Swanson KS, Grieshop CM, Flickinger EA, Bauer LL, Chow J, Wolf BW, Garleb KA, Fahey JGC. Fructooligosaccharides and Lactobacillus acidophilus modify gut microbial populations, total tract nutrient digestibilities and fecal protein catabolite concentrations in healthy adult dogs. J Nutr. 2002;132:3721–31.
Lei XJ, Cheong JY, Park JH, Kim IH. Supplementation of protease, alone and in combination with fructooligosaccharide to low protein diet for finishing pigs. Animal Sci J. 2017;88:1987–93.
Albesa I, Becerra MC, Battán PC, Páez PL. Oxidative stress involved in the antibacterial action of different antibiotics. Biochem Biophys Res Commun. 2004;317:605–9.
Becerra MC, Albesa I. Oxidative stress induced by ciprofloxacin in Staphylococcus aureus. Biochem Biophys Res Commun. 2002;297:1003–7.
Becerra MC, Páez PL, Laróvere LE, Albesa I. Lipids and DNA oxidation in Staphylococcus aureus as a consequence of oxidative stress generated by ciprofloxacin. Mol Cell Biochem. 2006;285:29–34.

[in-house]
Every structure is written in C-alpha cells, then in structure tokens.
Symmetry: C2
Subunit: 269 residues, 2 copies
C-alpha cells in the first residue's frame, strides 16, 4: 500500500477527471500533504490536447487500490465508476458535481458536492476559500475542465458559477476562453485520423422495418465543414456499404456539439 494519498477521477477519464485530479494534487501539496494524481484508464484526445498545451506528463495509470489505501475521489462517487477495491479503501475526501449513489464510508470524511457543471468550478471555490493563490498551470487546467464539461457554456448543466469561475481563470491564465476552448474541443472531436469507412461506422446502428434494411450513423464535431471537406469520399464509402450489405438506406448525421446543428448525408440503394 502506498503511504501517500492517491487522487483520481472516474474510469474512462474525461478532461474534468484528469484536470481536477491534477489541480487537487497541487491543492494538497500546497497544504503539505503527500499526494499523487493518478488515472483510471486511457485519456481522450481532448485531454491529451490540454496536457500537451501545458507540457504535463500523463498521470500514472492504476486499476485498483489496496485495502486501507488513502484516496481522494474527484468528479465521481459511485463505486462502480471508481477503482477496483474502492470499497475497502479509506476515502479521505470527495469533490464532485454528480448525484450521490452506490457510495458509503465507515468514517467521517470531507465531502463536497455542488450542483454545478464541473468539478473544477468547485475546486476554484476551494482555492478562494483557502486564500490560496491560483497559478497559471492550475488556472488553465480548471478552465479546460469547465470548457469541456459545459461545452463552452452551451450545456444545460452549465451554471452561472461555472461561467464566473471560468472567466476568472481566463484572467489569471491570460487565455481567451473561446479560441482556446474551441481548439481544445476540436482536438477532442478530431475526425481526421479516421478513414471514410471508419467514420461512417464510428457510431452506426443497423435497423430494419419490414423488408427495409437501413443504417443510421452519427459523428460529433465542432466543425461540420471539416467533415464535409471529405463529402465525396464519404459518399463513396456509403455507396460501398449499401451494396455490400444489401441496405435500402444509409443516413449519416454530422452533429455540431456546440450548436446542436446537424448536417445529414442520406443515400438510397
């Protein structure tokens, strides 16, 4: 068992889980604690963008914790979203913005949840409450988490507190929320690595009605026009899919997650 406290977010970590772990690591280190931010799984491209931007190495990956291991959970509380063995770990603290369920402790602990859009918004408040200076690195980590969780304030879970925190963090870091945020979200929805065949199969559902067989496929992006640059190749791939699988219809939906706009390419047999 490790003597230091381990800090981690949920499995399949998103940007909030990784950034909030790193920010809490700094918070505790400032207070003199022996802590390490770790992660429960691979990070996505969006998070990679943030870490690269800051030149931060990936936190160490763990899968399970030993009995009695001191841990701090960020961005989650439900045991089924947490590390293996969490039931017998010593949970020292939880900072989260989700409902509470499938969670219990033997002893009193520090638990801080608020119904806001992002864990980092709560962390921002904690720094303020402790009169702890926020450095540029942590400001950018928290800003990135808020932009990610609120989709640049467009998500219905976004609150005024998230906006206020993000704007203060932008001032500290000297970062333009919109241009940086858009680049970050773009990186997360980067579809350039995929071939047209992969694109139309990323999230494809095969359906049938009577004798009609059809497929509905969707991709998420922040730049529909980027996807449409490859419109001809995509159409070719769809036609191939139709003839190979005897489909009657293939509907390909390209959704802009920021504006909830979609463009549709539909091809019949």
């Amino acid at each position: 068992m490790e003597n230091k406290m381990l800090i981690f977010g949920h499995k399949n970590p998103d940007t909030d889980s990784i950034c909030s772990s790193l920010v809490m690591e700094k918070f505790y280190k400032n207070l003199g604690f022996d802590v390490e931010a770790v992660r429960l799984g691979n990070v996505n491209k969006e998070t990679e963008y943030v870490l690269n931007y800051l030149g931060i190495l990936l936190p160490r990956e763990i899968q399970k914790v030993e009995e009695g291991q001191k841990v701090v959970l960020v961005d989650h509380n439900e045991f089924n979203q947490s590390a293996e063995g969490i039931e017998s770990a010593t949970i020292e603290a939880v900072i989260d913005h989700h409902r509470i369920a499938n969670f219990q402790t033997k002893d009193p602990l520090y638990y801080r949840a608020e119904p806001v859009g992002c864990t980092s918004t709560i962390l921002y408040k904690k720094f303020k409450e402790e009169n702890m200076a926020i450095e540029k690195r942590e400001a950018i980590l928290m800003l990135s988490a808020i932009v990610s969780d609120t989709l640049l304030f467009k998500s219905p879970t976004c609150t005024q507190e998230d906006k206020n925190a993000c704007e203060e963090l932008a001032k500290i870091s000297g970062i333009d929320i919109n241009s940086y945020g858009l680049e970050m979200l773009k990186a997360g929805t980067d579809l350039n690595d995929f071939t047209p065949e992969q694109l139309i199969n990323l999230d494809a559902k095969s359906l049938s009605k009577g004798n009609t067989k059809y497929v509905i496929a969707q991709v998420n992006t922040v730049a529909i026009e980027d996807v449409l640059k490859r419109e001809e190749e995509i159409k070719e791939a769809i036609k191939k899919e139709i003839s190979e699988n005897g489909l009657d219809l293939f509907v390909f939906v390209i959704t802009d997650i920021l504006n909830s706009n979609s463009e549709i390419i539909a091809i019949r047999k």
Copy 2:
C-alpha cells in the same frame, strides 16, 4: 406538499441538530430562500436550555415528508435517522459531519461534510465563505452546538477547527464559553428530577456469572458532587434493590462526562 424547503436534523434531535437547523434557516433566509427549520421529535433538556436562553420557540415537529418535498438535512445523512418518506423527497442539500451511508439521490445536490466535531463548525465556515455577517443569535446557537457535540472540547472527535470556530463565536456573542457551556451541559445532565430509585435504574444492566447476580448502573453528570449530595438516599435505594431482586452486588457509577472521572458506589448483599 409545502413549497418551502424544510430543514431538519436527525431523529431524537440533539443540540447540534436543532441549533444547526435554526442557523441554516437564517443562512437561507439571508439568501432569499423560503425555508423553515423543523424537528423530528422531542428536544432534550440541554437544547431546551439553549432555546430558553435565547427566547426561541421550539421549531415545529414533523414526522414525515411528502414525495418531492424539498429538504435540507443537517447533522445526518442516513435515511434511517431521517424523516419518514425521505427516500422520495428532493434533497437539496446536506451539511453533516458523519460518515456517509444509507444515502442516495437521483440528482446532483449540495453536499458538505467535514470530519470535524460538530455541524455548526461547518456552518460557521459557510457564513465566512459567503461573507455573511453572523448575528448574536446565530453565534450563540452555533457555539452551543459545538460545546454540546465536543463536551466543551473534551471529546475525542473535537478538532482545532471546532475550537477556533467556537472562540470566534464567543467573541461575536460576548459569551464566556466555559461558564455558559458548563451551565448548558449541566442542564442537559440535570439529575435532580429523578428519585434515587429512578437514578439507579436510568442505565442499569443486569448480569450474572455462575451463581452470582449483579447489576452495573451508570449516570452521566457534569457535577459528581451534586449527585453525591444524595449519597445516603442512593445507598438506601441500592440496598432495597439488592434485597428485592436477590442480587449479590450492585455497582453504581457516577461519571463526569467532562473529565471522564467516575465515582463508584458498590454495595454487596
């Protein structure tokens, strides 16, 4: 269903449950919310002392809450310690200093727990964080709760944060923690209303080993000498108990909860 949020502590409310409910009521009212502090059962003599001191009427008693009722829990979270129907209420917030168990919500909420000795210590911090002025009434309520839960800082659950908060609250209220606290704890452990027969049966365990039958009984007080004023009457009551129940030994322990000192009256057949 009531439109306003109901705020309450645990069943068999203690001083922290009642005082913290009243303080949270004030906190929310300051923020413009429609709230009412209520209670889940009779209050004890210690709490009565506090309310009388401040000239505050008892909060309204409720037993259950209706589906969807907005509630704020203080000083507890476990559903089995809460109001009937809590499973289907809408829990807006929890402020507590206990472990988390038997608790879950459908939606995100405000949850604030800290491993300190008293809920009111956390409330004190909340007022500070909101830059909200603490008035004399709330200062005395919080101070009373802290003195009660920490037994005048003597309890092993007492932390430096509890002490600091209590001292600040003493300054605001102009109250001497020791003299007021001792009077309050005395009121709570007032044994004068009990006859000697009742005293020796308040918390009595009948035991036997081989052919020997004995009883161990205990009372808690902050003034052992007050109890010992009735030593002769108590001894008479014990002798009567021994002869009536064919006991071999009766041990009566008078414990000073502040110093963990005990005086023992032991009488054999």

Ranford JC, Henderson B. Chaperonins in disease: mechanisms, models, and treatments. Mol Pathol. 2002;55:209–13.
Guirro M, Costa A, Gual-Grau A, Mayneris-Perxachs J, Torrell H, Herrero P, Canela N, Arola L. Multi-omics approach to elucidate the gut microbiota activity: metaproteomics and metagenomics connection. Electrophoresis. 2018;39:1692–701.
Thompson A, Schäfer J, Kuhn K, Kienle S, Schwarz J, Schmidt G, Neumann T, Hamon C. Tandem mass tags: a novel quantification strategy for comparative analysis of complex protein mixtures by MS/MS. Anal Chem. 2003;75:1895–904.